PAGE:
“Now Les was a tough guy. A lot of people dress tough, a lot of people act tough, and a lot of people talk tough, but Les Cocker was tough. I told him I wanted the players to come out and do the drills, get it all synchronised. ‘I want it done at the 6th round of the FA Cup,’ I said, and he took it as a challenge. ‘You’ve got to make it look right,’ I told him. ‘If it doesn’t look right, then you’ll get laughed at.’ ‘What are you talking about?’ he replied. ‘Of course we won’t – not if I do it.’ So I went back to Don and I told him we’ve got it. He said, ‘Right, now you’ve got to convince the players.'”
But when Trevillion turned up in their dressing room, the players were understandably standoffish. In a bid to win them over, he pledged that he’d catch a bouncing ball hurled by Revie at a wall eight feet away. Having made the save but with his mouth bleeding from four lost teeth, Trevillion decided to take a safer, more creative approach to convey his ideas.
“Being an artist, Salvador Dalí was someone I liked,” he says, “and Dalí did the elephant which no one understood. 1944 it was done, and it was called ‘The Dream’ or something. The elephant had on its back an obelisk and its legs were 20 to 30 feet high, as thin as pipe cleaners. They were on the ground, but I didn’t know what it meant. Then I found out. Dalí’s explanation was that the obelisk was the weight of expectation, and the legs the legs of desire. They stretch and stretch but they don’t come off the ground – and that’s what stops people from being successful.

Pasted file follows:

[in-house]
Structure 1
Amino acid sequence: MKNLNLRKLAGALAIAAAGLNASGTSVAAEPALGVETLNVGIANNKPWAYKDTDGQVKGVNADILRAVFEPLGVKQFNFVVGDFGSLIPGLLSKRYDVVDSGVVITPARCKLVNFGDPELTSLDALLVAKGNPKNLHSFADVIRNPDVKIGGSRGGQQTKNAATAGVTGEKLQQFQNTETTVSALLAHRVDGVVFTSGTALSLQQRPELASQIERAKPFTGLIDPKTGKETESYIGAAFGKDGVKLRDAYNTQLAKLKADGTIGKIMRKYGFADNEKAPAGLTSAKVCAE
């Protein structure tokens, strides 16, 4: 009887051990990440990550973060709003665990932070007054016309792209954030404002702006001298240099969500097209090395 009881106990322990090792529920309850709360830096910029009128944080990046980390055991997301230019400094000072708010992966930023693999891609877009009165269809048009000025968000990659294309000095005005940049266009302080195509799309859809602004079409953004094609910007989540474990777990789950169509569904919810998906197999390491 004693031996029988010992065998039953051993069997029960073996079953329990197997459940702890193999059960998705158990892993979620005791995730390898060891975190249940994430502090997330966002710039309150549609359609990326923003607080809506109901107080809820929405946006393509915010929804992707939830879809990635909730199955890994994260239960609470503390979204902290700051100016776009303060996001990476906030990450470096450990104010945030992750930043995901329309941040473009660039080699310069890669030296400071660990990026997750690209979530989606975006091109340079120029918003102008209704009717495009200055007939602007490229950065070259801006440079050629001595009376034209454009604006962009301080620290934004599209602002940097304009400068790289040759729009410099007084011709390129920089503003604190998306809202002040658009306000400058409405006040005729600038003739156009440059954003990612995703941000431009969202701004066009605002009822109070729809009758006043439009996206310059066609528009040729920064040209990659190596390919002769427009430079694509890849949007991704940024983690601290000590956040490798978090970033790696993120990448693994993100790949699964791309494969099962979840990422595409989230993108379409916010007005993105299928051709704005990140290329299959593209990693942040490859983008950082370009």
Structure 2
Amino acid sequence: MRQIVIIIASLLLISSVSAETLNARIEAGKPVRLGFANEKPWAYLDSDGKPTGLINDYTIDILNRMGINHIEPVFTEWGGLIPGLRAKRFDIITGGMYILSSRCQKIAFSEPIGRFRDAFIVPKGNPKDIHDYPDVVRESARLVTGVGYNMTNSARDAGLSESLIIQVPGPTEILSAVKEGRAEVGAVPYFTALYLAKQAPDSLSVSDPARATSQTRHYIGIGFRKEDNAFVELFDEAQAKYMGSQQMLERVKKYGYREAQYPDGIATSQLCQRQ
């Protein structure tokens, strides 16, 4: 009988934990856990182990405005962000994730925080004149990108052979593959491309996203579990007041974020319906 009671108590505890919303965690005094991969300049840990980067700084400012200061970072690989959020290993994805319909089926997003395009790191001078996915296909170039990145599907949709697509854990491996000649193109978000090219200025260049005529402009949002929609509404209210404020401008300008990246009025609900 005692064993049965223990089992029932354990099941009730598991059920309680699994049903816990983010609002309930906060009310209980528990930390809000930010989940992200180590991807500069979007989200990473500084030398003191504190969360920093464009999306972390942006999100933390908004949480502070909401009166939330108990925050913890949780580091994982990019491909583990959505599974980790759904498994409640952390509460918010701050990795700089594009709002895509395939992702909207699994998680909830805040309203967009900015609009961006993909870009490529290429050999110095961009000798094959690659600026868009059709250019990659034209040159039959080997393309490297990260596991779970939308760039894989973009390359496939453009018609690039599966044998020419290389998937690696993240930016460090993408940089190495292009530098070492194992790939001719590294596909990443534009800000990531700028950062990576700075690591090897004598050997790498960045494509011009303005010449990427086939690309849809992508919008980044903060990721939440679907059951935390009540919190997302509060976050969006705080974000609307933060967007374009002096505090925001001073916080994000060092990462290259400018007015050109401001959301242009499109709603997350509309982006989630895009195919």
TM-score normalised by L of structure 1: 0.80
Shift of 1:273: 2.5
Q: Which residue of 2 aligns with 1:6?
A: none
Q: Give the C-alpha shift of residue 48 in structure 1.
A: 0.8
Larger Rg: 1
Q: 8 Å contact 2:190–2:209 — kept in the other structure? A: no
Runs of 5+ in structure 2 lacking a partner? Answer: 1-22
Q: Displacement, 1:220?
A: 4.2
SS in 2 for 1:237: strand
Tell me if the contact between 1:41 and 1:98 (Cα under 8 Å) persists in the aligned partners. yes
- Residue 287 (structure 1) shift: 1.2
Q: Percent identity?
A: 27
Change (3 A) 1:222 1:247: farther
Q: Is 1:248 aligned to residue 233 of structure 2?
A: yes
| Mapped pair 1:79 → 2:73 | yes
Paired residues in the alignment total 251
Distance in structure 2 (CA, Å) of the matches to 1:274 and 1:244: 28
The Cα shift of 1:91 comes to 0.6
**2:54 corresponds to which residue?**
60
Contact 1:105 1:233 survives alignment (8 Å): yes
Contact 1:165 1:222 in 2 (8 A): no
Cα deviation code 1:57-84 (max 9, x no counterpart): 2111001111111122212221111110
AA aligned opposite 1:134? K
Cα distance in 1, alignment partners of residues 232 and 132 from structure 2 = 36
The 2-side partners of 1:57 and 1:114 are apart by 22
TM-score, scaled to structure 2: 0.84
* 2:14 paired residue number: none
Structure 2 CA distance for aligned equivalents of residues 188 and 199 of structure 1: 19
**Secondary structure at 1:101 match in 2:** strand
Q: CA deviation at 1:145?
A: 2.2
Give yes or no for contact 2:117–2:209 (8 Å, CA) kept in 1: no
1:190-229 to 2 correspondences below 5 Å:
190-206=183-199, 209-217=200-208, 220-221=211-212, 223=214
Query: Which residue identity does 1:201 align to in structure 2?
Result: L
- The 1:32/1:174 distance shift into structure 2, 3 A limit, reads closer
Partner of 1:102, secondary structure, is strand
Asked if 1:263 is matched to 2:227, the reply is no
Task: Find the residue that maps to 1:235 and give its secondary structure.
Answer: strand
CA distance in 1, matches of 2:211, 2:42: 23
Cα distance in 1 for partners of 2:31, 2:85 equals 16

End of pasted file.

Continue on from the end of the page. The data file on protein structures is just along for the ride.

“I drew the elephant for Don, with these enormous long legs, and what I said to him was: ‘When you’ve played in cup finals you were good enough to win them, but you were too cautious. When you get there, you’ve got to believe that you can win it. You’ve got to get your feet off the ground, but you don’t.’
“Every day I talked to Don about doing the drills and the stocking tags, then one day Les said, ‘I’ve got it all worked out, Paul, come and see it.’ I couldn’t believe what I was seeing. The lads were unbelievable and Les Cocker was Busby Berkeley – but with no mirrors! It was military, it was frightening. It was a hundred times better than I’d imagined it. Just watching it, I was out of my head! And so was Don.